By Sterling Sidebottom
Leah Brooks was walking from Alpine Bagel in the UNC-Chapel Hill Student Union when her phone rang, Gwyn Lanning’s name lighting up the screen. The call was a strange one to be getting at 11 a.m. on a Monday, but she had also just spent the morning holding her boyfriend, Sam, after he found out his dad had gotten worse.
“It was a realization that his mom trusts me enough to call me and the fact that she didn’t want Sam to hear her upset,” Leah said.
On March 14, 2021, Hoy Lanning, Sam’s father, was admitted to the intensive care unit (ICU) for COVID-19. The next day, Leah picked up Gwyn’s phone call, got Sam from the Ram’s Head Gym and drove her red Subaru to Albemarle, North Carolina.
As stressful as the situation was, Leah was also calm.
“I needed to be there for him,” Leah said. “It wasn’t my place to be frazzled.”
‘My job was to comfort Sam’
When the pair walked through the door of Sam’s house, his mom’s eyes were still red. His grandmother also had tears in her eyes. Sam immediately went to hug his mom. The two held each other for a minute. This left Leah holding their bags and standing in the doorway not knowing what to do.
“I know his parents well, but not super well, so I just kinda stood there awkwardly,” Leah said.
In the three weeks to follow, that would change.
Leah stayed in Albemarle for four days, Monday through Thursday. Each morning would start with a FaceTime call into the hospital to talk to Hoy. In the frame would be Gwyn, Sam, his grandmother, and Sam’s sister Sarah. Sitting next to Sam, but out of the video frame, was Leah.
“It was a little weird,” Leah said. “I became more comfortable. Also, just knowing that my job was to comfort Sam.”
On the very first call, Hoy was still breathing on his own. He could talk, so the family would talk with him. They would pray for him. They would tell him they loved him. There were a few tears.
The second day, Hoy was put on a ventilator, and Leah’s role evolved. When Sam saw his father on the ventilator, he cried.
“There’s a type of strength you have to have,” said Grace Warner, one of Leah’s junior year roommates. “She’s a strong woman.”
In the first week that Leah was in Albemarle, the days blurred together. There was a lot of studying for her LSAT. People would stop by and drop off food. Leah would spend time playing cards with Sam, Sarah and Gwyn. As Hoy stabilized, Leah also began to think about what she had left behind.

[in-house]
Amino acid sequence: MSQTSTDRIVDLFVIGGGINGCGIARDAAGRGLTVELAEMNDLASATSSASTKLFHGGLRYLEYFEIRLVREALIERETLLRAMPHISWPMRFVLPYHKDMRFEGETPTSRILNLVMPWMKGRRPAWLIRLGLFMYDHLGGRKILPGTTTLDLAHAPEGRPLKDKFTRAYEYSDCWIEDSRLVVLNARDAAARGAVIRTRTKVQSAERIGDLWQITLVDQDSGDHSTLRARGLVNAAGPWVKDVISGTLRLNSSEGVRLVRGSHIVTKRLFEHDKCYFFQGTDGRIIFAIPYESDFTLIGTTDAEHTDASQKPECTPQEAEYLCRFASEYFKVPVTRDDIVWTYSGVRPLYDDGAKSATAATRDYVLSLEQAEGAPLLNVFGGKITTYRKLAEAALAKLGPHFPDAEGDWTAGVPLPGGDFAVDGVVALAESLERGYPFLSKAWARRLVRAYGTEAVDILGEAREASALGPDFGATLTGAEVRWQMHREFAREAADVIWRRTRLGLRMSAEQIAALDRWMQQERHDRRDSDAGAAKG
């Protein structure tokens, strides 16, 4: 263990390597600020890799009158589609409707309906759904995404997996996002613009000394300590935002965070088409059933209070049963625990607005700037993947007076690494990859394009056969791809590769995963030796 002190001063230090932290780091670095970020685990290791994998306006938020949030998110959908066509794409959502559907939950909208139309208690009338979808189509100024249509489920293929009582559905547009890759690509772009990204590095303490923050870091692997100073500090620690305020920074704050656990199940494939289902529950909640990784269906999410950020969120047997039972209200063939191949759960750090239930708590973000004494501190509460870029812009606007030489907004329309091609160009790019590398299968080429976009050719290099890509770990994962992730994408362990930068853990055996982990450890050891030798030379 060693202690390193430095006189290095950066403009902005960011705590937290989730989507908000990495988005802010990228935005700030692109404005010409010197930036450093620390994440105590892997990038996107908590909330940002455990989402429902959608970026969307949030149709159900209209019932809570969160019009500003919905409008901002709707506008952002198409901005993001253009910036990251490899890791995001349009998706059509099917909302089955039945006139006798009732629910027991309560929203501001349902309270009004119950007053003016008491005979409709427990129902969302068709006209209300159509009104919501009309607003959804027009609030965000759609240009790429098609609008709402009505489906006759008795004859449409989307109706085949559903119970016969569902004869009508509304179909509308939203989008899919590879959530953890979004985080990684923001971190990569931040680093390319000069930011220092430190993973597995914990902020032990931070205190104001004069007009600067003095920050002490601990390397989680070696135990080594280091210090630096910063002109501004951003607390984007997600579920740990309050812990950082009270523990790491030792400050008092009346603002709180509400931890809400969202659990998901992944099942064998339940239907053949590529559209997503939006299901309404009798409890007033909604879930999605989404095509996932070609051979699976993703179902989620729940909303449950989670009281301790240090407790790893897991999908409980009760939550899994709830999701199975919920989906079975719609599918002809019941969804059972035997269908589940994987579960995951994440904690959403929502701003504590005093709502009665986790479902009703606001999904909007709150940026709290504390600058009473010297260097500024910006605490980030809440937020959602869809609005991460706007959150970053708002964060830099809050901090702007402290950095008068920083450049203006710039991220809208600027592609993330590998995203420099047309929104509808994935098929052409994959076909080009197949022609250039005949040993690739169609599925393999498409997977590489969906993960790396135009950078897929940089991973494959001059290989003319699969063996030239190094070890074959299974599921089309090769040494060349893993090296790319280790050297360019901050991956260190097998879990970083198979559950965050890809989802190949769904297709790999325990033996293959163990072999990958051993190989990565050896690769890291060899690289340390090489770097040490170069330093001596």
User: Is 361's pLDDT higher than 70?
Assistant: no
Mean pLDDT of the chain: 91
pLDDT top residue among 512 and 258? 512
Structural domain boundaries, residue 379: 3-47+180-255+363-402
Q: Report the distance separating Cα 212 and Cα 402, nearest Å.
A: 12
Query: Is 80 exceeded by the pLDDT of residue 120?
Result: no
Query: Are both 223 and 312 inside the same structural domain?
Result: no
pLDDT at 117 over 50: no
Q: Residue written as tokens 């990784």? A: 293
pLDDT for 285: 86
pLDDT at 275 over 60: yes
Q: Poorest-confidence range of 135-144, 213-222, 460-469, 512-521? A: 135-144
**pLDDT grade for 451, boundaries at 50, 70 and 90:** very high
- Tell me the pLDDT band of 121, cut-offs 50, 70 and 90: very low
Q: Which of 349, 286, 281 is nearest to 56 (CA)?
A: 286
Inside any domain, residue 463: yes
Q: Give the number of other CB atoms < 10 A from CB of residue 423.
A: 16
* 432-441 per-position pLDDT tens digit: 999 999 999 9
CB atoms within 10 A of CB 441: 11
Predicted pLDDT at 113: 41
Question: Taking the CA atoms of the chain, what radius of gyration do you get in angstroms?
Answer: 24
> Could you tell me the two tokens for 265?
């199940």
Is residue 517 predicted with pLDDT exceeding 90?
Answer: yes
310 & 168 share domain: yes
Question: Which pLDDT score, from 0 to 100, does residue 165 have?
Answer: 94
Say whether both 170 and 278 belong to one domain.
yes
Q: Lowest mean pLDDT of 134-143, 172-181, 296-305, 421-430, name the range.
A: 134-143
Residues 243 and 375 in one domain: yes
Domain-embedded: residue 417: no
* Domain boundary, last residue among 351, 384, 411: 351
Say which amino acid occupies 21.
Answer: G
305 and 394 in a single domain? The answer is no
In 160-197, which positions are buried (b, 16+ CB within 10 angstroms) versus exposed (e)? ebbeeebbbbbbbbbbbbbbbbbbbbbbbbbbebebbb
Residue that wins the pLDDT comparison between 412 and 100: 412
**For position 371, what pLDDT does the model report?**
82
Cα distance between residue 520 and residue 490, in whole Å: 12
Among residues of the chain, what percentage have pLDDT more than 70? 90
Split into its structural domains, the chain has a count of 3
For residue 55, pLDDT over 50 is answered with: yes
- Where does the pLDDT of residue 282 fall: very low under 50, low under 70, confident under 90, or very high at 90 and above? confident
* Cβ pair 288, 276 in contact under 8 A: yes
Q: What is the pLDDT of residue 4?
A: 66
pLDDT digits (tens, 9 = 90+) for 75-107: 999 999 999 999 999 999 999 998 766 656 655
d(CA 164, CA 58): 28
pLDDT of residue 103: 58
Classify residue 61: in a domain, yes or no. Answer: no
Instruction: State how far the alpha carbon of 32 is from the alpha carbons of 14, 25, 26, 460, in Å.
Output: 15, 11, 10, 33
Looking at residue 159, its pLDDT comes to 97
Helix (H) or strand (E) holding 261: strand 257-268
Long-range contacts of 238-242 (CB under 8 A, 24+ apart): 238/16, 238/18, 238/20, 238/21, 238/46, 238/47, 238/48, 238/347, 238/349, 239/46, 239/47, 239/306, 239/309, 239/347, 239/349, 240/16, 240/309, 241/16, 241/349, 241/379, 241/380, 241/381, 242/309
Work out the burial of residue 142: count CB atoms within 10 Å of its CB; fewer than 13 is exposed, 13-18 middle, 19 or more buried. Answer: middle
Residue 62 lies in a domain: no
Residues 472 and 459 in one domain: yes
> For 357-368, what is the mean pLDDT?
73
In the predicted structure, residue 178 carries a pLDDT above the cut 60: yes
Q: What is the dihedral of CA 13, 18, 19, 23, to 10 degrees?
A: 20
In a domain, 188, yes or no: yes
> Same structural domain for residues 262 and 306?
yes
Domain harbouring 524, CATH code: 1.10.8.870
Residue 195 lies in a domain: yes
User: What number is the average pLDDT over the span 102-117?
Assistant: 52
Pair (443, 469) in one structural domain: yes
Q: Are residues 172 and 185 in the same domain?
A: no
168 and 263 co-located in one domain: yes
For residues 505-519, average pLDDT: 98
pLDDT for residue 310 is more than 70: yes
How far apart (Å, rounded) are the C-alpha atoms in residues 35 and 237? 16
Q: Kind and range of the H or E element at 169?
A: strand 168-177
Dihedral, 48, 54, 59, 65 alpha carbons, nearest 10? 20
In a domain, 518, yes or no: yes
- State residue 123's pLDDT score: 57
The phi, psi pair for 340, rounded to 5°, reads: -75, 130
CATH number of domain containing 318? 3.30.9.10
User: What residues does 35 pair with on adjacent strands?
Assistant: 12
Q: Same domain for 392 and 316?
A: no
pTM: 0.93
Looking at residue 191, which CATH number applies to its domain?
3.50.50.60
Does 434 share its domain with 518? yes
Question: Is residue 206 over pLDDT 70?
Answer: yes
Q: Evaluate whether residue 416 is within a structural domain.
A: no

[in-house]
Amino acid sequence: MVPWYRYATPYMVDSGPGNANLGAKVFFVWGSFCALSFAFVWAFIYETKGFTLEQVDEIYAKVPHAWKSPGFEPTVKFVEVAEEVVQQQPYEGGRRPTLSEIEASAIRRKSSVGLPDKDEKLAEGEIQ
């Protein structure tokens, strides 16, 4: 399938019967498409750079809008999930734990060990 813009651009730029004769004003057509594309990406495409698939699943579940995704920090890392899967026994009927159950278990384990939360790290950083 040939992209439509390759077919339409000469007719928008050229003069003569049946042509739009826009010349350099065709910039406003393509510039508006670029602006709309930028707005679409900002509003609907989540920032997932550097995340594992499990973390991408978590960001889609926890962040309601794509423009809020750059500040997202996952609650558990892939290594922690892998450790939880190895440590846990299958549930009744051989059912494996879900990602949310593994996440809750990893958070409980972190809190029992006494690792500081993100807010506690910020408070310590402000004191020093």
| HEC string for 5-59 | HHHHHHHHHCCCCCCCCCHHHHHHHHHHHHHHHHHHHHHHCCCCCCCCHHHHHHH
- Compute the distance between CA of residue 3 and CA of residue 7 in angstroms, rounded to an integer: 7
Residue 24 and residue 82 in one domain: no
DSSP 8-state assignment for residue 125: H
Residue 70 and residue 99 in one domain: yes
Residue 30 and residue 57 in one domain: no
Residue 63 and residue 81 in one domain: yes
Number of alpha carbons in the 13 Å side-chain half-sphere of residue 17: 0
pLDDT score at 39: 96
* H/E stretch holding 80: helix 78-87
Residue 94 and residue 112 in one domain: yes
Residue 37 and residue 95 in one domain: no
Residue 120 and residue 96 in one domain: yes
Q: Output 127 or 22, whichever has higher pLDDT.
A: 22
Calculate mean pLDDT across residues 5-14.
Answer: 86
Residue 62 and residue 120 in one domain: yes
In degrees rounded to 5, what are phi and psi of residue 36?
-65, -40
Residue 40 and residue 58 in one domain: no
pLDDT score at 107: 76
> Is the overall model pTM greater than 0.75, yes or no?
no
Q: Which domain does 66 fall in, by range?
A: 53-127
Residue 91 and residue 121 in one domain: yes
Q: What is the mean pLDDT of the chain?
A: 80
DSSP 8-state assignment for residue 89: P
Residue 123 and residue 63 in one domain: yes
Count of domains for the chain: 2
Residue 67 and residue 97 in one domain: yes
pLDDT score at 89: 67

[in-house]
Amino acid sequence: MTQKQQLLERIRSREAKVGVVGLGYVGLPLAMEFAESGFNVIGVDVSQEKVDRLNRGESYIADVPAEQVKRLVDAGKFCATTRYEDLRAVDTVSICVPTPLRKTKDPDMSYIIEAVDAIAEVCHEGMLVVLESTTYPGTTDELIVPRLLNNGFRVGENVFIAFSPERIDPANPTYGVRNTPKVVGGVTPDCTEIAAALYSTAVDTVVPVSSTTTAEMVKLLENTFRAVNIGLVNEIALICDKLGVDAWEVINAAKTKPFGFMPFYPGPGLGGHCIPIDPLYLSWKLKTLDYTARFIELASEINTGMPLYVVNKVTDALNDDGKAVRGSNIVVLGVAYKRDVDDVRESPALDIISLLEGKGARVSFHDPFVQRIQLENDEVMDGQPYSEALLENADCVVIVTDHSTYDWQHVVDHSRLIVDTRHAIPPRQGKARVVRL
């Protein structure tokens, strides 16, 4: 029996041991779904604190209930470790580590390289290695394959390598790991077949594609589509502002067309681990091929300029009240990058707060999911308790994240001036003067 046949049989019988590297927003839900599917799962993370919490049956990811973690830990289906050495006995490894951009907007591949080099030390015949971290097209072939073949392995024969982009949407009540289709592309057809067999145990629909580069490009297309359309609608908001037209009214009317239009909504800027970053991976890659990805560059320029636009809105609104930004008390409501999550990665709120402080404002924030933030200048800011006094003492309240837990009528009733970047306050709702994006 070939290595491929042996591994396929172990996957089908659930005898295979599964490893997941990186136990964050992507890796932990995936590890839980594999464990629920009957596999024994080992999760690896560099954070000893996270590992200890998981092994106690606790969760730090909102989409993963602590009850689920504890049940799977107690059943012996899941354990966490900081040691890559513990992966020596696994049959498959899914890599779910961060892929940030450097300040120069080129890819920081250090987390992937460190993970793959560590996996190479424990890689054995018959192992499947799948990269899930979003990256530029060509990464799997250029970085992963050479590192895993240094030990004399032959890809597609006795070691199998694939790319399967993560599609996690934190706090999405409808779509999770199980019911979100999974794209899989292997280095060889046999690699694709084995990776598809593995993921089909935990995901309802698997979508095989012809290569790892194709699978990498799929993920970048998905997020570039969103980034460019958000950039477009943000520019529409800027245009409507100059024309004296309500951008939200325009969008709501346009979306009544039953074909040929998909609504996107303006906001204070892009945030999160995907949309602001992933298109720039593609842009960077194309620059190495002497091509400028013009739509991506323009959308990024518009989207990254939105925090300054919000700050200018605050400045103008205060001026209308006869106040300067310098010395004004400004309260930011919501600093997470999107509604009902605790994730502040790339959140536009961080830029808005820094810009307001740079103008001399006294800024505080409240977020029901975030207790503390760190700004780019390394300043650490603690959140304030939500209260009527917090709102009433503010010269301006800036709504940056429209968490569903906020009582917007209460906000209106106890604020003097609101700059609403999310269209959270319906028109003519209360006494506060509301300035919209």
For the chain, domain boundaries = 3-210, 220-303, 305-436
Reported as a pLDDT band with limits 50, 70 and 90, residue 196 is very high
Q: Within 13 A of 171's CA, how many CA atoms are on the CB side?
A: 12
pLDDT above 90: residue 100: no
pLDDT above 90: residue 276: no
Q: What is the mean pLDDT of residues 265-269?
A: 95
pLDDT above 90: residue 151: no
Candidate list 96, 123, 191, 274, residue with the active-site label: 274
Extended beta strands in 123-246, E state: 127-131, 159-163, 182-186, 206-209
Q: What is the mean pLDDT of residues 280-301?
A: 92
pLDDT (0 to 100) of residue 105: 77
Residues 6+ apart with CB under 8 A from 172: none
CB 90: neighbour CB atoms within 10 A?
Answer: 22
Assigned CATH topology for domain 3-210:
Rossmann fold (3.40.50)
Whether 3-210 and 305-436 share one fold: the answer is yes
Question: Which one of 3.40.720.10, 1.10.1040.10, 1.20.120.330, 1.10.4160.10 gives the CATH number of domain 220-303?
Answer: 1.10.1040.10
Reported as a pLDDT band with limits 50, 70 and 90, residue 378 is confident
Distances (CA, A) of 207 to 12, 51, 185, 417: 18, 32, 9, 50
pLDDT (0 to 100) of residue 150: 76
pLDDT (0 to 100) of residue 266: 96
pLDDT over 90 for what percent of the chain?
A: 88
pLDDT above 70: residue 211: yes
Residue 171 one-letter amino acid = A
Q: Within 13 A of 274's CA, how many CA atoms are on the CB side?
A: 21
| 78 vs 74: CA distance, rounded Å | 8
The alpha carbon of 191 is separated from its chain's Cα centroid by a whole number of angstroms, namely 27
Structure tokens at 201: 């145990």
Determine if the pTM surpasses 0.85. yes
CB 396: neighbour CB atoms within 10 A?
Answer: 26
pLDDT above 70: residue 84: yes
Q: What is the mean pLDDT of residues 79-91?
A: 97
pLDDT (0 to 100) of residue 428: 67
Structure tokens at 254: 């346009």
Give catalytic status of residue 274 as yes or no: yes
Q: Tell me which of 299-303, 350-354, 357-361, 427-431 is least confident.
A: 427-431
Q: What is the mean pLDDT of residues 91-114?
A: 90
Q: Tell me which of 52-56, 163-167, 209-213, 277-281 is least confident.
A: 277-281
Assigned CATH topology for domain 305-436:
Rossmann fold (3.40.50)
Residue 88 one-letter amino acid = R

With it not being her father in the hospital, part of Leah felt like a burden, so, on Thursday, she left Sam and his family and returned to Chapel Hill. Unfortunately, it was short lived.
That Sunday, while at the Southpoint Mall shopping for a graduation dress, Leah’s phone rang. This time, it was Sam’s name on the screen in front of her. Hoy’s heart stopped while the doctors were attempting to roll him onto his stomach. Leah picked at her fingers and rubbed them against the edge of her mask as if she wanted to bite them.
In the car on the way home, she asked if he wanted her to come back. Sam thought he’d be okay. He didn’t want to be a burden on her or for Leah to see him struggle. Slowly, that shifted.
‘In sickness and in health’
A few hours later, Sam called Leah again. This time, Hoy was being airlifted to another hospital, a larger one with more resources. Leah was heading back to Albemarle. If there was an inner sense of calm Leah called upon during that first drive, there was fear during this second one.
When she walked in the door of the house, now filled with people checking in on the family, it was her turn to hold Sam.
“There’s ‘in sickness and in health’ and then there’s this,” said Amy Brubaker, a friend of both Leah and Sam.
This, meaning a parent in a state of limbo, where one end is the unthinkable and the other is a long path to recovery, can shift a dating relationship.
“Seeing him so upset made me really upset and seeing how much he relied on me for support,” Leah said. “I really do think it brought us closer together for sure.”
For Emma Uhrlass, the change she saw in Leah was endearing. “She was able to pick up the pieces for him but also communicate with everyone in Chapel Hill. She could lift that weight for him.”
In just a month, Leah went from Sam’s girlfriend to a key support system. In sickness and in health, she shouldered a responsibility that was both unexpected and much larger than anything in the past. The situation brought Sam and Leah closer together, but it also brought her closer to his family.
Sarah, described by Leah as a hard-ass, began advocating for Leah and Sam to be able to stay in the same room together — an unthinkable arrangement in a Southern household. Maybe it was the stress of the situation, or that Gwyn had bigger concerns to worry about, but she agreed.
After Hoy was stabilized again and Leah returned to Chapel Hill for a second time, Sarah even sent Leah $100 on venmo for “babysitting” Sam. It’s the little change that maybe would have never happened had the two not spent a week in that high-stress environment.
Sam’s sister wasn’t the only one to warm up to Leah.
“His mom texted me ‘I love you’ the other day, which really means a lot,” Leah said. “I think she saw how much I cared and tried to take care of Sam.
On April 8, 2021, three weeks after being admitted, Hoy was moved from the ICU.
Edited by Addison Skigen & Makayla Williams